Only the best

For Murray Stephens and the North Baltimore Aquatic Club, effort is everything

Beijing 2008

August 14, 2008|By Childs Walker and Candus Thomson | Childs Walker and Candus Thomson,Sun reporters

The home of the North Baltimore Aquatic Club doesn't look like much.

Cars overflow the parking lot and spill onto the grass in the summer. Chubby-legged children and haggard parents splash haphazardly around the outdoor pool, which could belong to any community center in any American suburb. Inside, fitness freaks pedal and pump on exercise machines overlooking more swimming lanes.

The only signs of anything unusual are the Beijing 2008 flags that hang above the entry hall. They hint at the reality that in 2008, Baltimore is the cradle of American swimming.

FOR THE RECORD - An article on the front page of yesterday's editions of The Sun incorrectly listed swimming coach Murray Stephens' age as 68. Stephens is 62.

Michael Phelps and Katie Hoff - who have combined for seven medals at this year's Olympics and are expected to win more - came into their own at this humble facility, tucked two quick turns off Falls Road on the edge of Mount Washington.

If Murray Stephens had told anybody that would be the case in 1968, they'd have laughed. Back then, great U.S. swimmers came from California. Period.

But Stephens, a Loyola High School and Loyola College graduate who became obsessed with swimming as a teenager in the 1950s, did not see why that had to be so. This gruff philosopher of the pool founded his club 40 years ago as a canvas for his ideas. In the decades that followed, Stephens attracted coaches who shared his scientific lust to find the best methods for propelling a human body through water and his will to drive young athletes day after day, week after week.

The aquatic club produced its first Olympic gold medalist in 1984 and became famous when Phelps won six golds in Athens 20 years later. Swimming aficionados speak in awe of the little East Coast club that has produced more than 180 age group record-holders and attracts more talent every year.

Hoff remembers walking in for the first time and "seeing all the pictures" of elite swimmers. She quickly realized that she had best swim hard every day or find another home.

"They have high standards," she says, "and that's what's expected of you."

Mark Schubert, who will oversee the U.S. swimming team in Beijing, calls NBAC "the best swimming club program in America."

"What happened at North Baltimore didn't happen by accident," he says. "The results and the records speak for themselves, year after year, championship after championship. Murray has built a culture of excellence. He had a vision and he hires the right people to fulfill that vision, from Bob Bowman to Paul Yetter to his coaches at the lower levels. It wouldn't surprise me if he already had his eye on the next great coach."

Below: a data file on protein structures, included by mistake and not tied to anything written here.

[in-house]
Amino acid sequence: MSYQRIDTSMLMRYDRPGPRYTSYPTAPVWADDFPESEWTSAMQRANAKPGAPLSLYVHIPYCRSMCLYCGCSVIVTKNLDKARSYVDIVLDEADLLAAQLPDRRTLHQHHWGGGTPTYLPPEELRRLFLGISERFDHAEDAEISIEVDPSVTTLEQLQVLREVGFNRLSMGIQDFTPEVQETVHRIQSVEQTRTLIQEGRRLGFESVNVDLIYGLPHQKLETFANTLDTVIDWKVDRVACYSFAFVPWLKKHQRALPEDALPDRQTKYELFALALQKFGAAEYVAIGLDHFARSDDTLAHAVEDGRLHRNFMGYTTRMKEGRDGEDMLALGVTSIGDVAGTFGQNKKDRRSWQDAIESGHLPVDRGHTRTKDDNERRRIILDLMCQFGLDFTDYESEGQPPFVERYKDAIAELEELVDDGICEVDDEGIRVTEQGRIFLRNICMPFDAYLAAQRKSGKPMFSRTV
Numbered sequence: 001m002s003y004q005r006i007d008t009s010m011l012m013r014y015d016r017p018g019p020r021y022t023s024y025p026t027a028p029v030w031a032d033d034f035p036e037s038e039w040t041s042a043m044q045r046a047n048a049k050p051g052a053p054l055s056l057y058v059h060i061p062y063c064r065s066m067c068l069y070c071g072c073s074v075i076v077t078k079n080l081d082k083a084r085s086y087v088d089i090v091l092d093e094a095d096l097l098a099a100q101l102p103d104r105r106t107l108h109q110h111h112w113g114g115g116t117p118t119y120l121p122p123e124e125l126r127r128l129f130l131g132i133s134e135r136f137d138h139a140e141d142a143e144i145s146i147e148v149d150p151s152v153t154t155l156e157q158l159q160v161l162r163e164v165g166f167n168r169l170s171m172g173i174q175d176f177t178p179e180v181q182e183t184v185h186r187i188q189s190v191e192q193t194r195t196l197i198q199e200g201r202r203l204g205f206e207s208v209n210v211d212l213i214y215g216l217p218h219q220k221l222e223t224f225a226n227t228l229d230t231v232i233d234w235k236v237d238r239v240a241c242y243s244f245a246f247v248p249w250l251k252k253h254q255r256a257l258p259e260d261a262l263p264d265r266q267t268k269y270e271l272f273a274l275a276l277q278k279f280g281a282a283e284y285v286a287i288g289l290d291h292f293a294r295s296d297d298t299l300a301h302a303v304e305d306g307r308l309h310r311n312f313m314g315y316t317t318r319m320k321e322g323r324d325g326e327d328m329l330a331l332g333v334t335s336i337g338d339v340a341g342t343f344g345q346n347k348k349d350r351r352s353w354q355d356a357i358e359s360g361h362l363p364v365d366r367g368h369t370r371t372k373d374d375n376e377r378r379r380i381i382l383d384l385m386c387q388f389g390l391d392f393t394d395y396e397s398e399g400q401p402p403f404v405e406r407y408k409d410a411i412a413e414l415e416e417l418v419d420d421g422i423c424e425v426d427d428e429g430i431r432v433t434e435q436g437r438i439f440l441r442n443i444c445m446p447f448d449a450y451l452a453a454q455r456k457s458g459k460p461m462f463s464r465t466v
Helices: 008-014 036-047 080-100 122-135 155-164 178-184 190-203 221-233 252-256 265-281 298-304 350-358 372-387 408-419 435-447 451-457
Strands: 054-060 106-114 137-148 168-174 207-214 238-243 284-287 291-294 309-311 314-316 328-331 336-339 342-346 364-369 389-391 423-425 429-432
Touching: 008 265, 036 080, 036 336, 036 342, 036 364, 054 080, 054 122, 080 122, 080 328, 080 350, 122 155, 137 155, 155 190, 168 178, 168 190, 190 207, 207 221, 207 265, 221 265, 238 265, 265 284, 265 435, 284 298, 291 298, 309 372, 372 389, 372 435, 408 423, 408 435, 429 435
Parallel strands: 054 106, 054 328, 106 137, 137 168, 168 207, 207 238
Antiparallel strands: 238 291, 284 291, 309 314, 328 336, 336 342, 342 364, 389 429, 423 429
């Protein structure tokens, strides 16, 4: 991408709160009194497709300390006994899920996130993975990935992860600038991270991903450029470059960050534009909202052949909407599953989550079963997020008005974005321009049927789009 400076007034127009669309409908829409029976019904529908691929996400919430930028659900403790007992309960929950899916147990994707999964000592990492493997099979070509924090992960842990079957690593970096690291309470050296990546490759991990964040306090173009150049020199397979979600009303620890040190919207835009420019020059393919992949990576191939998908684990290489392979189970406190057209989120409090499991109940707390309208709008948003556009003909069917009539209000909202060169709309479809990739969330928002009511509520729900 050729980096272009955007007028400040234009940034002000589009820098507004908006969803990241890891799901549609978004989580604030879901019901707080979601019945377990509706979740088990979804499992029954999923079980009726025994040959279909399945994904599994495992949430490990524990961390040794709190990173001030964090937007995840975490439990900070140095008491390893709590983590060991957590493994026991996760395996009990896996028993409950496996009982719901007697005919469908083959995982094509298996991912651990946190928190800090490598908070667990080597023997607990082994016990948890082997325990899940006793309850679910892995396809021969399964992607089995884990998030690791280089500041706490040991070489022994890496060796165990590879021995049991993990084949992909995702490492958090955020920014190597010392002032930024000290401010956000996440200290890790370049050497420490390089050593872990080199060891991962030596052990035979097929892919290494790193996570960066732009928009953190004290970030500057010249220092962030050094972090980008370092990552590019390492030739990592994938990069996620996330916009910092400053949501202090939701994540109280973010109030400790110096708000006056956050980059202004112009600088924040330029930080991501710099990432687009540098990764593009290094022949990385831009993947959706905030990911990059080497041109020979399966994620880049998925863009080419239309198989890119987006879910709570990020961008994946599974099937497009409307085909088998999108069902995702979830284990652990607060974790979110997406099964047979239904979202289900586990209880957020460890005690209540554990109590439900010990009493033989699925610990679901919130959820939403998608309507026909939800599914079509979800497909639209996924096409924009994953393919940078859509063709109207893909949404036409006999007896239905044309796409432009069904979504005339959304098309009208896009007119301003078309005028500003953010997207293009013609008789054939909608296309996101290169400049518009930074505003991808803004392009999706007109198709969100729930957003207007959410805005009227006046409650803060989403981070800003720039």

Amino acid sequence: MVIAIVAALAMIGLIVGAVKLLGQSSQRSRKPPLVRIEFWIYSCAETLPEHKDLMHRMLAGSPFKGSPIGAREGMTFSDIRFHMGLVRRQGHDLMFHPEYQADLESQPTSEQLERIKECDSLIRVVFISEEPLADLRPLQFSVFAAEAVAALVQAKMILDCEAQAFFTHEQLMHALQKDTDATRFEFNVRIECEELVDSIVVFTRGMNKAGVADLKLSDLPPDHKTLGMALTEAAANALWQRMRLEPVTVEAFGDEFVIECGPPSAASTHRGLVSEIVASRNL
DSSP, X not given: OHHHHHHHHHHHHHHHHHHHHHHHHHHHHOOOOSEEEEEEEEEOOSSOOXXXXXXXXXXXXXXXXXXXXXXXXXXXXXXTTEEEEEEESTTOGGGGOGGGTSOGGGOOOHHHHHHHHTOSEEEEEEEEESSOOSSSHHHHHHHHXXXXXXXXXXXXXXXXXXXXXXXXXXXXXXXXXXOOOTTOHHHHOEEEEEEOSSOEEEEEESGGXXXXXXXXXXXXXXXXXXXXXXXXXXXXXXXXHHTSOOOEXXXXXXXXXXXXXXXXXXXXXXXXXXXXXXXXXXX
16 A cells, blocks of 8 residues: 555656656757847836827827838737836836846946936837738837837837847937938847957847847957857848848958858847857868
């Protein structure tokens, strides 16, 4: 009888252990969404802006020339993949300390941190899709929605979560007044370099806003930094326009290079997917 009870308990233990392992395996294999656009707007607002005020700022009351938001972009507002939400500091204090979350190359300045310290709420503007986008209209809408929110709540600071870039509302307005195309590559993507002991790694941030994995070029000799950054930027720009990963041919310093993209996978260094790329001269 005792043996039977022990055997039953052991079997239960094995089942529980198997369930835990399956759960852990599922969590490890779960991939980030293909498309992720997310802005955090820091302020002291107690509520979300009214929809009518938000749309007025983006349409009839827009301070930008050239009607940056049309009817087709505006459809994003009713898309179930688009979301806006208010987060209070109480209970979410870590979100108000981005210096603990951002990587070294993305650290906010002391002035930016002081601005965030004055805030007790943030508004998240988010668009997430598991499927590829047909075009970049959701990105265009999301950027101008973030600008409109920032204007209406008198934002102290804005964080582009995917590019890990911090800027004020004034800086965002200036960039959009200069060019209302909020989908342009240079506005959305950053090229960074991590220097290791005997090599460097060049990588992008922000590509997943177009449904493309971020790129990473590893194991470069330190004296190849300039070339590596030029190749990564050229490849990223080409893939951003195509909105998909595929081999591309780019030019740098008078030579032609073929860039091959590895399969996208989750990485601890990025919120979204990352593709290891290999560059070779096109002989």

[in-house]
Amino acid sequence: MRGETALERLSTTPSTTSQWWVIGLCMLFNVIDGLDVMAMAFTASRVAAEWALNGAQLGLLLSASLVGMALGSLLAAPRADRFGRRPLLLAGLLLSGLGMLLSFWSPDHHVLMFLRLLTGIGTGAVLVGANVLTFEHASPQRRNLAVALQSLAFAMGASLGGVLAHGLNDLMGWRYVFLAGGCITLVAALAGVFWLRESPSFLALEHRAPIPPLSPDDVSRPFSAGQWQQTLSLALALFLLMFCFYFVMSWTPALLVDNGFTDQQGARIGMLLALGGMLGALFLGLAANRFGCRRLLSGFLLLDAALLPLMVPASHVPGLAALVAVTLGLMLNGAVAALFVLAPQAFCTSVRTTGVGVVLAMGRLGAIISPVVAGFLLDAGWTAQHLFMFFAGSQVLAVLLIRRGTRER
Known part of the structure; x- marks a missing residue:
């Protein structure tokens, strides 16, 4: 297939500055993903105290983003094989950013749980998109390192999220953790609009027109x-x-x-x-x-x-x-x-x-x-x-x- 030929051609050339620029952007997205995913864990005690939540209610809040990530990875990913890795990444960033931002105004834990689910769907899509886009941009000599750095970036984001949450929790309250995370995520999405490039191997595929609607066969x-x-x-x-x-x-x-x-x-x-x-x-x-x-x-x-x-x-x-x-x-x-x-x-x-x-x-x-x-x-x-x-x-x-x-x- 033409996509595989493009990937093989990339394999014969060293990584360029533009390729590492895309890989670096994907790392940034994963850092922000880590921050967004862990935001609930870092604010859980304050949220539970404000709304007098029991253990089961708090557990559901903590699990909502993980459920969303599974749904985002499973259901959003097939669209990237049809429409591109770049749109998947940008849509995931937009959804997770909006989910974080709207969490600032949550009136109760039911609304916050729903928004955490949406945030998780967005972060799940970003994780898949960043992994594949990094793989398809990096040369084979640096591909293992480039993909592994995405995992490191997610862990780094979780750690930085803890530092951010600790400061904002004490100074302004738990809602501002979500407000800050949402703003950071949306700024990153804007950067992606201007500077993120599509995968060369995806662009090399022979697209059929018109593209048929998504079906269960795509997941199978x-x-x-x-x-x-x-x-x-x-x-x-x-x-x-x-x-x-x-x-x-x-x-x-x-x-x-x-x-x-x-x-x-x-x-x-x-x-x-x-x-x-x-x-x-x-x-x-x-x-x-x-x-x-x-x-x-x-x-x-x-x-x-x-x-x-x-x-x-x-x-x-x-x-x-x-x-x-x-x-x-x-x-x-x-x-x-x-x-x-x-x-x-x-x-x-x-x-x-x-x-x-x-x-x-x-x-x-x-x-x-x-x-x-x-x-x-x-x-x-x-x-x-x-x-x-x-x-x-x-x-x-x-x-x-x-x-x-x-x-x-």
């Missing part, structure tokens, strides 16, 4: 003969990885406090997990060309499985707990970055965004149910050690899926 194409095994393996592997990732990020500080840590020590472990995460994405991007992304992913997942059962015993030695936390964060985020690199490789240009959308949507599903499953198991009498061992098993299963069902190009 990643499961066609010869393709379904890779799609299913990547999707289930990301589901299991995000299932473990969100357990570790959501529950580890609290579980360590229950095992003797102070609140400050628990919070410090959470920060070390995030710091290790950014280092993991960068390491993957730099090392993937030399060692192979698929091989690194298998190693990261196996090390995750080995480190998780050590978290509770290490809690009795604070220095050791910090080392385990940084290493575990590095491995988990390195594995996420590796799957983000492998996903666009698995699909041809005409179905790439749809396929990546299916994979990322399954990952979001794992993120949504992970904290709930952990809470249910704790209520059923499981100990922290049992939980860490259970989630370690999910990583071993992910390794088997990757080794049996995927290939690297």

Though the club stands on the cusp of its greatest glory, it is, at the same time, a place in transition.

This fall, Phelps will return home after four years of training in Michigan. Bowman will come with him and take Stephens' place as CEO. The big names are expected to attract more talent to a club already laden with age group record-holders. But the modest space in Mount Washington is maxed out, so if the club is to take on more elite swimmers, expansion might be needed.

"If you've got $5 million handy, let me know," Stephens says over a sandwich at the nearby Mount Washington Tavern.

He and Bowman see Phelps and Hoff as the best marketing tools imaginable to expand a swimming business. But the shape of NBAC's future won't be revealed until after the pair swim in Beijing.

The club's past is inextricably linked to one man's blend of ambition, commitment, discipline and artistry.

Stephens, 68, largely taught himself to swim in his family's pool in Cockeysville. Though he competed in high school and college, his obsession with technique exceeded his talent. He found the sport fascinating enough that he accumulated every issue of Swimming World ever published.

Stephens founded the North Baltimore Aquatic Club with fellow Loyola graduate Tim Pierce. He took early inspiration from coach Lefty Driesell's proclamation that he would make the University of Maryland the "UCLA of the East" in college basketball. Stephens wanted to build a swimming powerhouse that could rival those in California and Florida.

He was both old-school in his rigor and new-school in his open-mindedness about training techniques.

"He's a visionary, ahead of his time," says Theresa Andrews, who became Stephens' first Olympic gold medalist in 1984. "The best way to describe it is, he develops with athletes a way to think through a situation. He doesn't teach you just to swim fast; he teaches you how to think."

The club cranked out top-notch competitors long before it found a permanent home in Mount Washington, sending at least one swimmer to every Olympic Trials from 1968 on.

Stephens took over the Meadowbrook Aquatic and Fitness Center in 1986. The place had served area swimmers since 1930 and was in sorry shape. In his scant spare time between coaching and teaching English at Loyola High School, Stephens scratched together the money to refurbish Meadowbrook. He believes that time and financial sacrifices were essential to the club's success.

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